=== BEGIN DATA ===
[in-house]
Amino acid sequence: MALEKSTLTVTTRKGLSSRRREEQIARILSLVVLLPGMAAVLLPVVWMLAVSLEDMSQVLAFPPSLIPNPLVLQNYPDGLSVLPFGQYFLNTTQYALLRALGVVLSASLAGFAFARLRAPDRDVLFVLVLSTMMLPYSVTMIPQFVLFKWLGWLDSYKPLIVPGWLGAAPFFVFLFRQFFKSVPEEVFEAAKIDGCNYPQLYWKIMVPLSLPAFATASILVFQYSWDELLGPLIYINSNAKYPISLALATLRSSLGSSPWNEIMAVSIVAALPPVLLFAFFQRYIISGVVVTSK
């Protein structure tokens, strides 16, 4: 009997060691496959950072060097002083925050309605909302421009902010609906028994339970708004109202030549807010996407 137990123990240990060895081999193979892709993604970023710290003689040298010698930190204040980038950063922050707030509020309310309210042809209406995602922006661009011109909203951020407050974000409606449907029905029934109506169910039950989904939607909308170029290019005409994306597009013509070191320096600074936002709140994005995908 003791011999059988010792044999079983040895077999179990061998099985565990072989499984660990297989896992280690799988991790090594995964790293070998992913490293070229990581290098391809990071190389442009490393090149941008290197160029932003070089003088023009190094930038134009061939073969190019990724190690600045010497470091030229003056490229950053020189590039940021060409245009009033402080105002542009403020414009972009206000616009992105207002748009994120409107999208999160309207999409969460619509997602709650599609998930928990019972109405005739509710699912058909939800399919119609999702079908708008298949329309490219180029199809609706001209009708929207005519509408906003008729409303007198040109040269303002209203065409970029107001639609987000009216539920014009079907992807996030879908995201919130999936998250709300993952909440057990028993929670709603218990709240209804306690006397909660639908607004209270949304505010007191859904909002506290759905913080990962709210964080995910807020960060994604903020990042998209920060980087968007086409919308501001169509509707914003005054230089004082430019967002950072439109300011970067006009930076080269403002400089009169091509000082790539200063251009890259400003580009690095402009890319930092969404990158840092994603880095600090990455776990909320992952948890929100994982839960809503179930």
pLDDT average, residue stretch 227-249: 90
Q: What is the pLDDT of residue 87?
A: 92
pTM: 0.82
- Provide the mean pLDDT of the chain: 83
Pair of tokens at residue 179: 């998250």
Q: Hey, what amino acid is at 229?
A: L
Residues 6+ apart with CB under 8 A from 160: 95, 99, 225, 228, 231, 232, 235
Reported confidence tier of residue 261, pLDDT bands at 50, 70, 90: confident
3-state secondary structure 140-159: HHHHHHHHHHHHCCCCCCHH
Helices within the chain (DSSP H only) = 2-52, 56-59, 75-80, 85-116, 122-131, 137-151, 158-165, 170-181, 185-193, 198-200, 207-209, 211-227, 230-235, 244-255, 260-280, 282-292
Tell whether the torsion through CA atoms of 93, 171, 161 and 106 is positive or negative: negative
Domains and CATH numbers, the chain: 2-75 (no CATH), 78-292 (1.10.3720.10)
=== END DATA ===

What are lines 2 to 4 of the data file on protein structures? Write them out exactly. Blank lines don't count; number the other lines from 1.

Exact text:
Amino acid sequence: MALEKSTLTVTTRKGLSSRRREEQIARILSLVVLLPGMAAVLLPVVWMLAVSLEDMSQVLAFPPSLIPNPLVLQNYPDGLSVLPFGQYFLNTTQYALLRALGVVLSASLAGFAFARLRAPDRDVLFVLVLSTMMLPYSVTMIPQFVLFKWLGWLDSYKPLIVPGWLGAAPFFVFLFRQFFKSVPEEVFEAAKIDGCNYPQLYWKIMVPLSLPAFATASILVFQYSWDELLGPLIYINSNAKYPISLALATLRSSLGSSPWNEIMAVSIVAALPPVLLFAFFQRYIISGVVVTSK
């Protein structure tokens, strides 16, 4: 009997060691496959950072060097002083925050309605909302421009902010609906028994339970708004109202030549807010996407 137990123990240990060895081999193979892709993604970023710290003689040298010698930190204040980038950063922050707030509020309310309210042809209406995602922006661009011109909203951020407050974000409606449907029905029934109506169910039950989904939607909308170029290019005409994306597009013509070191320096600074936002709140994005995908 003791011999059988010792044999079983040895077999179990061998099985565990072989499984660990297989896992280690799988991790090594995964790293070998992913490293070229990581290098391809990071190389442009490393090149941008290197160029932003070089003088023009190094930038134009061939073969190019990724190690600045010497470091030229003056490229950053020189590039940021060409245009009033402080105002542009403020414009972009206000616009992105207002748009994120409107999208999160309207999409969460619509997602709650599609998930928990019972109405005739509710699912058909939800399919119609999702079908708008298949329309490219180029199809609706001209009708929207005519509408906003008729409303007198040109040269303002209203065409970029107001639609987000009216539920014009079907992807996030879908995201919130999936998250709300993952909440057990028993929670709603218990709240209804306690006397909660639908607004209270949304505010007191859904909002506290759905913080990962709210964080995910807020960060994604903020990042998209920060980087968007086409919308501001169509509707914003005054230089004082430019967002950072439109300011970067006009930076080269403002400089009169091509000082790539200063251009890259400003580009690095402009890319930092969404990158840092994603880095600090990455776990909320992952948890929100994982839960809503179930």
pLDDT average, residue stretch 227-249: 90